Slovakian Christian theologian Michal Valco shares how educators can impart Christian ethics in the education field.
Contributed By Gideon Foo Cechao
In today’s complex world, how can Christian educators best impart values and lessons to their students in a way that is compatible with biblical ethics while not coming across as overtly Christian? This question was addressed by Dr. Michal Valco at the Christian Ethics and Teaching seminar held at Bartley Christian Church on Jan. 22. Organized by Edunet in partnership with Singapore Campus Crusade For Christ, it was attended by 30 teachers from various institutions.
A Christian theologian from Slovakia who received Christ while studying in the States, Valco is a professor at the Faculty of Human Sciences in the University of Zilina. He has also set up a Lutheran Bible college in Slovakia.
“The society is putting a heavy demand on the students and they are often frustrated. We need to see students not only as people who we need to cram the most amount of knowledge into their heads, but as human beings who have their own personal struggles,” Valco explained.
He challenged the educators, “If we focus only on reading textbooks and we don’t focus on social values and interaction, or a question of larger purpose, are we really effective as educators? Can we give our students the best if we only focus on academic results?”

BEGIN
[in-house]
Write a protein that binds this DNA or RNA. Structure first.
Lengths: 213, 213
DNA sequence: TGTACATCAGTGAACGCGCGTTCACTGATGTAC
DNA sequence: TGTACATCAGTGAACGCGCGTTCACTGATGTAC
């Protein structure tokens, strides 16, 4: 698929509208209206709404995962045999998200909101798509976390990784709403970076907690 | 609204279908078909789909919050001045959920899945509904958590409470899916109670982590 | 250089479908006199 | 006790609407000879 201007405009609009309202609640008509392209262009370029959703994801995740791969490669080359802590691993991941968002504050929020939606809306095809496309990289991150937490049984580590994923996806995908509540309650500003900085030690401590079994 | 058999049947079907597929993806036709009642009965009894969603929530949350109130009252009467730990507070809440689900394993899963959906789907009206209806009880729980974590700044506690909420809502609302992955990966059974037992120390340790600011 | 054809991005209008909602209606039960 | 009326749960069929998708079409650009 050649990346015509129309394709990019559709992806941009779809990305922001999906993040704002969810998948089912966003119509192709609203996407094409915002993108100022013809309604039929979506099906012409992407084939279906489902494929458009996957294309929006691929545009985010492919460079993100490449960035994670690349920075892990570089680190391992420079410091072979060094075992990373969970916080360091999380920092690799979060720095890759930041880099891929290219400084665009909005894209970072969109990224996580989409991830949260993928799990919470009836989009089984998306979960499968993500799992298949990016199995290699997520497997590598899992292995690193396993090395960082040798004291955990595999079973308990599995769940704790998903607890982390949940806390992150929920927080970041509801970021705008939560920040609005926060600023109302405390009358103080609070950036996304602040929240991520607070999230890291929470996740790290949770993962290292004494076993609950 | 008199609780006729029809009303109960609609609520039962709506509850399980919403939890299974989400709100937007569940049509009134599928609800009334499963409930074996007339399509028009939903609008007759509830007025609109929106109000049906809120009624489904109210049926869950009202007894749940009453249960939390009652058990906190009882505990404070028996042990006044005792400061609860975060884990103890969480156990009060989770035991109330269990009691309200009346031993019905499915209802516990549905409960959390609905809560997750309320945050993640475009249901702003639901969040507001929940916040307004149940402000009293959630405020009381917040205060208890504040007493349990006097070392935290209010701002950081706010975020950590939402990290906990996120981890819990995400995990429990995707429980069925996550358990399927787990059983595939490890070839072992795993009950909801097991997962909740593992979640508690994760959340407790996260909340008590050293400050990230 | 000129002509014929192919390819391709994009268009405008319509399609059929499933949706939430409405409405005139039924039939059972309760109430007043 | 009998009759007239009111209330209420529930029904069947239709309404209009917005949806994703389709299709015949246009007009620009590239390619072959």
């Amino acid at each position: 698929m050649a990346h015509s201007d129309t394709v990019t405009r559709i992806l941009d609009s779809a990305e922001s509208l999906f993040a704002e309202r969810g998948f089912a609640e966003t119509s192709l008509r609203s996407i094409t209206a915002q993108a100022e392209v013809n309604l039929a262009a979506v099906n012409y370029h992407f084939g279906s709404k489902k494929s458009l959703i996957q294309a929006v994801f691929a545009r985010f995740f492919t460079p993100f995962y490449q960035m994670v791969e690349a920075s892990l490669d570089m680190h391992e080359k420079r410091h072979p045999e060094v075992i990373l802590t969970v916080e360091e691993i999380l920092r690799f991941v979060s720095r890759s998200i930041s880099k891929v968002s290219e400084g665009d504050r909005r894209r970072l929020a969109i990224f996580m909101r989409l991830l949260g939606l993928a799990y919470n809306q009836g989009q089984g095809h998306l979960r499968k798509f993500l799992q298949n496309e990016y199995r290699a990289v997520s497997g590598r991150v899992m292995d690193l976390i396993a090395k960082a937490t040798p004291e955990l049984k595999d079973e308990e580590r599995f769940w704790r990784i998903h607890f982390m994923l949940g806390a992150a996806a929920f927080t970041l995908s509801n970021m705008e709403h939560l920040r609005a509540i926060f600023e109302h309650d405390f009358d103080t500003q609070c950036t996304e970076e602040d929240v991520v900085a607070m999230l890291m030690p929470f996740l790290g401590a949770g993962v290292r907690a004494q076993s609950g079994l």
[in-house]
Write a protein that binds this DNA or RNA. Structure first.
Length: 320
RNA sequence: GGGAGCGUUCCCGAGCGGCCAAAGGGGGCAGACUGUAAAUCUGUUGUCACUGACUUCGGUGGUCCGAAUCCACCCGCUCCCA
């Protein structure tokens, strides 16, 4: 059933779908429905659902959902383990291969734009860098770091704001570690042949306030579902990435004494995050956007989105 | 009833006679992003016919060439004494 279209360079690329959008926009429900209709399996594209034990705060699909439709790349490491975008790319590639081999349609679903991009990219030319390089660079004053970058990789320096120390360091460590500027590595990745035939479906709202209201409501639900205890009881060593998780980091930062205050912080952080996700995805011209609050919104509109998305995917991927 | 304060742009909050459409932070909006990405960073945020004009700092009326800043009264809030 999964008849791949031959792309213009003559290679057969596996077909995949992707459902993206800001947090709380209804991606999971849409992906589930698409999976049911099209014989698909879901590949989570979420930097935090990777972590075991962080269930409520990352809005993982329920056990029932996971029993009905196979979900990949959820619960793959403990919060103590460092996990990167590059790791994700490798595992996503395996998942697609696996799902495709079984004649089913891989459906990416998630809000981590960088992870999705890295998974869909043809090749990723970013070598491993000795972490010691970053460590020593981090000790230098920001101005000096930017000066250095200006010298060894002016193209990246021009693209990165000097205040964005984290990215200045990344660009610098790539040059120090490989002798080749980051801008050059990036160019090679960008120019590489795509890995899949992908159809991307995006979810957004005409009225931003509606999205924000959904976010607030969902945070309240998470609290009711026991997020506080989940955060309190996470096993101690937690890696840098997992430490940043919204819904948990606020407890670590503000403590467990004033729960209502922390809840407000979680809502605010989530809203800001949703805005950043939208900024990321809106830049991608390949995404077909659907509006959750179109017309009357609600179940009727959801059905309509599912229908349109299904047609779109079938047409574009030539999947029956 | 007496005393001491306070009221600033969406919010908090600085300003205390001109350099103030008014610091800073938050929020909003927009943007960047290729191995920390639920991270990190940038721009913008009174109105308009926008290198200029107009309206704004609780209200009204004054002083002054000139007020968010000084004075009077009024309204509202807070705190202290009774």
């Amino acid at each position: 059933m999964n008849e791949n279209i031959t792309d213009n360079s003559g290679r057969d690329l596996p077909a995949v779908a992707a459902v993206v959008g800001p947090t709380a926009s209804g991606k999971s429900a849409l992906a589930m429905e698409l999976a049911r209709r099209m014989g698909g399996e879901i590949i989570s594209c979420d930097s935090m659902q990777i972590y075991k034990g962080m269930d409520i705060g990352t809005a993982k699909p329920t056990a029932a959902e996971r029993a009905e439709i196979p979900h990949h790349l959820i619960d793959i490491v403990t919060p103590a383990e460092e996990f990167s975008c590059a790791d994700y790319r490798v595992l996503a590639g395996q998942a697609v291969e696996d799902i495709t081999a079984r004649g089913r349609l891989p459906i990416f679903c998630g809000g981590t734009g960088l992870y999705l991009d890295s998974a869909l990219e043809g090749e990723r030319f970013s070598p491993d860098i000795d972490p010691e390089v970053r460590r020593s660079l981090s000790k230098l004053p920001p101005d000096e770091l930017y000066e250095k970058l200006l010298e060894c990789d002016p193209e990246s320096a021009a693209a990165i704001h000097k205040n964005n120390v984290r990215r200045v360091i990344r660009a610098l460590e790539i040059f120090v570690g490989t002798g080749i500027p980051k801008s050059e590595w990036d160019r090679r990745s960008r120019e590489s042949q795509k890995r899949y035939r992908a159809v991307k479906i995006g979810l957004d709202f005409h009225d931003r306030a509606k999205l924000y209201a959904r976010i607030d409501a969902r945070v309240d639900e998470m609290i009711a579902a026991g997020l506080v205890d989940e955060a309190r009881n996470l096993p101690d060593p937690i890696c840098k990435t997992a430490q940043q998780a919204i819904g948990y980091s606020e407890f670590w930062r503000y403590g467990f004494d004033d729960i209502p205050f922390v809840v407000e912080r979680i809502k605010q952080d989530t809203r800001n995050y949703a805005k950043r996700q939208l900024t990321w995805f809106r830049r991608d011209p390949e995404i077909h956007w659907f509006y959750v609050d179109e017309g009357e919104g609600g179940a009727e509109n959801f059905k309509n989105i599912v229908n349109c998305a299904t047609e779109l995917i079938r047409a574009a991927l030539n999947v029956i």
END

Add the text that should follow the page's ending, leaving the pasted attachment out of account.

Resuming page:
He believes that Christian teachers have a God-given opportunity to make a difference in their students’ lives by helping them get a glimpse of the beauty of His kingdom. “This can be done implicitly by the way you treat your students, when you can care for them above the care that they get from other secular teachers.”
Valco stressed that Christian ethics is applied Christian theology in the concrete context of human life in this world, which is not only theologically faithful but also contextually appropriate and relevant to our society. “We can help our students, both Christians and non-Christians, to perceive their education as an aspect that not only makes their parents happy, not only as a means to achieve a nice job and earn enough money, not only to become educated human beings, but to prepare them for a lifetime calling through their talents and abilities, so that they can be useful tools in God’s hands at their workplace.”
In order to implement Christian ethics, teachers need to be role models in the way they speak and behave, spend time with students, challenge and encourage them to seek out new horizons, forgive them when they make mistakes and teach them to forgive others as well.
“The challenge is not to be overtly Christian but to be biblically founded. We do that through life skills education, such as teaching students how to build relationships,” said Dr. Ng Tjoh Dju of Campus Crusade.
Ming Choo, 45, a primary school teacher added, “Students have to think about the purpose for going to school. It is our aim to let them know that they can be creative instruments. We teach them Christian ethics not through words, but through our actions.” Sharing her own approach, Catherine Goh, 54, a polytechnic adjunct lecturer, said, “I do not say ‘God says this and that,’ but in my teaching I will share with them basic values that make them better people.”